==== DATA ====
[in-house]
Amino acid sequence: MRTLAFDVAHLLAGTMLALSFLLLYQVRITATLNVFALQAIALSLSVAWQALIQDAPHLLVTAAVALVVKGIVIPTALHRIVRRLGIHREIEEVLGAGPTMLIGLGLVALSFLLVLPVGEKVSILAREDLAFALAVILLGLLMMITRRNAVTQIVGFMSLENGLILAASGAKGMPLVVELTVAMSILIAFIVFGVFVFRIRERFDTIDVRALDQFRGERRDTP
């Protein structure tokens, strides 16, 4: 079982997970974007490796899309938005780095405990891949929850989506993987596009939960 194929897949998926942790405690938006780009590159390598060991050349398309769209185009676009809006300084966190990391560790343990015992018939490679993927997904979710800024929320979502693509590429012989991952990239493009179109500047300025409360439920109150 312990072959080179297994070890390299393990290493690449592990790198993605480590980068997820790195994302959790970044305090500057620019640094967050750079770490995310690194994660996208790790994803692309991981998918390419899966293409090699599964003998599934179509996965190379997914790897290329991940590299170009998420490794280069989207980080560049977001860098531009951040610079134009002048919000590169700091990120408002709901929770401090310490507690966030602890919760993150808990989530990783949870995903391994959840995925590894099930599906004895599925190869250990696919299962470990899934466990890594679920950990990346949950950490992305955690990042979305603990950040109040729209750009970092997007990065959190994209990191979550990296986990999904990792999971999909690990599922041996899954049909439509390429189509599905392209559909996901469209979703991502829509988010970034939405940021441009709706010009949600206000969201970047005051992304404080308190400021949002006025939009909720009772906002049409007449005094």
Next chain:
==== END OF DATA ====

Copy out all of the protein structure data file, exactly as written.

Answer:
[in-house]
Amino acid sequence: MRTLAFDVAHLLAGTMLALSFLLLYQVRITATLNVFALQAIALSLSVAWQALIQDAPHLLVTAAVALVVKGIVIPTALHRIVRRLGIHREIEEVLGAGPTMLIGLGLVALSFLLVLPVGEKVSILAREDLAFALAVILLGLLMMITRRNAVTQIVGFMSLENGLILAASGAKGMPLVVELTVAMSILIAFIVFGVFVFRIRERFDTIDVRALDQFRGERRDTP
């Protein structure tokens, strides 16, 4: 079982997970974007490796899309938005780095405990891949929850989506993987596009939960 194929897949998926942790405690938006780009590159390598060991050349398309769209185009676009809006300084966190990391560790343990015992018939490679993927997904979710800024929320979502693509590429012989991952990239493009179109500047300025409360439920109150 312990072959080179297994070890390299393990290493690449592990790198993605480590980068997820790195994302959790970044305090500057620019640094967050750079770490995310690194994660996208790790994803692309991981998918390419899966293409090699599964003998599934179509996965190379997914790897290329991940590299170009998420490794280069989207980080560049977001860098531009951040610079134009002048919000590169700091990120408002709901929770401090310490507690966030602890919760993150808990989530990783949870995903391994959840995925590894099930599906004895599925190869250990696919299962470990899934466990890594679920950990990346949950950490992305955690990042979305603990950040109040729209750009970092997007990065959190994209990191979550990296986990999904990792999971999909690990599922041996899954049909439509390429189509599905392209559909996901469209979703991502829509988010970034939405940021441009709706010009949600206000969201970047005051992304404080308190400021949002006025939009909720009772906002049409007449005094």
Next chain: